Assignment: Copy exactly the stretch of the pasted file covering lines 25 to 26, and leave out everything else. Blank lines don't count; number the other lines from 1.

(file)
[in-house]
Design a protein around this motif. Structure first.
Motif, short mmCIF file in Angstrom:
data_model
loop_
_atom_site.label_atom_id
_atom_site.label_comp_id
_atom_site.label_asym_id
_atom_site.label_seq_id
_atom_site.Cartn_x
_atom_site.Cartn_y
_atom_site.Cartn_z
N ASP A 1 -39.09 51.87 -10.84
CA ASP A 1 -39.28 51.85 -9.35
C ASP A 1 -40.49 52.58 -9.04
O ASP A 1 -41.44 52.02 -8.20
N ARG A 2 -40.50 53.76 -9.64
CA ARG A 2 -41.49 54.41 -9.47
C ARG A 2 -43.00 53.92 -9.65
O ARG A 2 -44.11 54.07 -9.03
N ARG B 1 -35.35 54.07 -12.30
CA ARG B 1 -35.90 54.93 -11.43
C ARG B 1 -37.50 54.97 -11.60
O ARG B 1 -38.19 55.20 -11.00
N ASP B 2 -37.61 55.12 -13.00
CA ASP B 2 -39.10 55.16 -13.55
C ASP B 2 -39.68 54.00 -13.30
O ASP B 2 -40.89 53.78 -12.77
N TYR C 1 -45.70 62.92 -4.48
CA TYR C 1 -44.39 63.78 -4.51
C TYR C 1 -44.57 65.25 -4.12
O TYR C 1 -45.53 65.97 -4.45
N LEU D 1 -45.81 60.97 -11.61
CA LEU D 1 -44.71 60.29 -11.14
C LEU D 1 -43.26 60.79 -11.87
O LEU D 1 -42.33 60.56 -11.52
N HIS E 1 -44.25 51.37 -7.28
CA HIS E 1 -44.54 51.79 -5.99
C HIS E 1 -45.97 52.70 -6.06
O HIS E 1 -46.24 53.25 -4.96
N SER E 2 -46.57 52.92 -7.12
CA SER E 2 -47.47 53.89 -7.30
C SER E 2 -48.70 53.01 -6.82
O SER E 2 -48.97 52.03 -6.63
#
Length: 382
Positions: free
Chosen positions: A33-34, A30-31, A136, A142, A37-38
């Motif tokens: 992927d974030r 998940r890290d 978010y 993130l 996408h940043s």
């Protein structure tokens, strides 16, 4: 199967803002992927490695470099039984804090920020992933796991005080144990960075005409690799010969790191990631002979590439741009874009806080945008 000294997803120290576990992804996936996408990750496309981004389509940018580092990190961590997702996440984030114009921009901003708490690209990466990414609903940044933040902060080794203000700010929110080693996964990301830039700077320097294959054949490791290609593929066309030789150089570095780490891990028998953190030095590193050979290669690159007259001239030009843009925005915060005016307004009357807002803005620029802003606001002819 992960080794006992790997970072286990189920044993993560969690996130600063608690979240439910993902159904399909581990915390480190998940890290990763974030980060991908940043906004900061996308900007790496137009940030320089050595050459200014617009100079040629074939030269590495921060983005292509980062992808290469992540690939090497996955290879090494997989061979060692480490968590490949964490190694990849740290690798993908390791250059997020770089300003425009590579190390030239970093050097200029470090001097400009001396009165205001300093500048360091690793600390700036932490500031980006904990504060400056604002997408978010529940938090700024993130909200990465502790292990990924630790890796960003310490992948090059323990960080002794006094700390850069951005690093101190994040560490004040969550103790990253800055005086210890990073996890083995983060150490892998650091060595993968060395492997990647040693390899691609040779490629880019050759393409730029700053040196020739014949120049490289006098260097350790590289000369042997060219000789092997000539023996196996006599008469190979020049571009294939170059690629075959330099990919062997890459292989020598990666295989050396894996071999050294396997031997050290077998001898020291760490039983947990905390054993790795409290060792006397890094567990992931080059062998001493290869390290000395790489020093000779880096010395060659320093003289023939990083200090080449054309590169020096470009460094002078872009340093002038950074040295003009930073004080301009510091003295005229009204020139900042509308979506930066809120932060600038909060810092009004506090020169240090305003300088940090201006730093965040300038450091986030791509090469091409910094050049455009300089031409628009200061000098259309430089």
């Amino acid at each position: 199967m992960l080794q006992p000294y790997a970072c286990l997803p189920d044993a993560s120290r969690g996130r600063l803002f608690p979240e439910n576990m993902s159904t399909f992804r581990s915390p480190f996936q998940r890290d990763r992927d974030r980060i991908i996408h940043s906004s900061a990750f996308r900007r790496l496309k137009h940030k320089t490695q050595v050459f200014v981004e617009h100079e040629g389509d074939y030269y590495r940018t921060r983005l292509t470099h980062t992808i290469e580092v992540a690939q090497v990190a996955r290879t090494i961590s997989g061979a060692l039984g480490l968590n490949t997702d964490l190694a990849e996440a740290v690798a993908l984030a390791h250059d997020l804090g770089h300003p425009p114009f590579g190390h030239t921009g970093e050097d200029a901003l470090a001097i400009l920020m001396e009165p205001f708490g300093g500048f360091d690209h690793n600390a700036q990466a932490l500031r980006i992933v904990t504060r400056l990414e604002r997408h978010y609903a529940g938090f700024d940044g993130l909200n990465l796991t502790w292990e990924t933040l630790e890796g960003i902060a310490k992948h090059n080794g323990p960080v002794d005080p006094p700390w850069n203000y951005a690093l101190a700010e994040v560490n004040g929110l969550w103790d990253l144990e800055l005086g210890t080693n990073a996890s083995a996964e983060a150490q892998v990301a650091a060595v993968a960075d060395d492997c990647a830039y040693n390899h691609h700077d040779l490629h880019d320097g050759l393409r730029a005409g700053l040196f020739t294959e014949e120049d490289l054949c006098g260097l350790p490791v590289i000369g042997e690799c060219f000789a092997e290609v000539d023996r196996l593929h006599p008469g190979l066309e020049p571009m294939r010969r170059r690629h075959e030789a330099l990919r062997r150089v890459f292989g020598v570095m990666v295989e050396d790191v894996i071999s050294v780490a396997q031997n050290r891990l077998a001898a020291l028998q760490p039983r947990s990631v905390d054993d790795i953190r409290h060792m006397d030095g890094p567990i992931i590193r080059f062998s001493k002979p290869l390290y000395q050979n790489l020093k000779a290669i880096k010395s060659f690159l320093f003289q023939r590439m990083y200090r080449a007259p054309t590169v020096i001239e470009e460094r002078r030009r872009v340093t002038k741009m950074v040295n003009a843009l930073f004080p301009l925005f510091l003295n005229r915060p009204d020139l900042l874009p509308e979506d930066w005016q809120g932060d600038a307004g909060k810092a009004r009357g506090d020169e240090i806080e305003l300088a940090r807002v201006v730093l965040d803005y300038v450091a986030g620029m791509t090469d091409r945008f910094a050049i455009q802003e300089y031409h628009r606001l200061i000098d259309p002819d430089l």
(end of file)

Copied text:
N ASP B 2 -37.61 55.12 -13.00
CA ASP B 2 -39.10 55.16 -13.55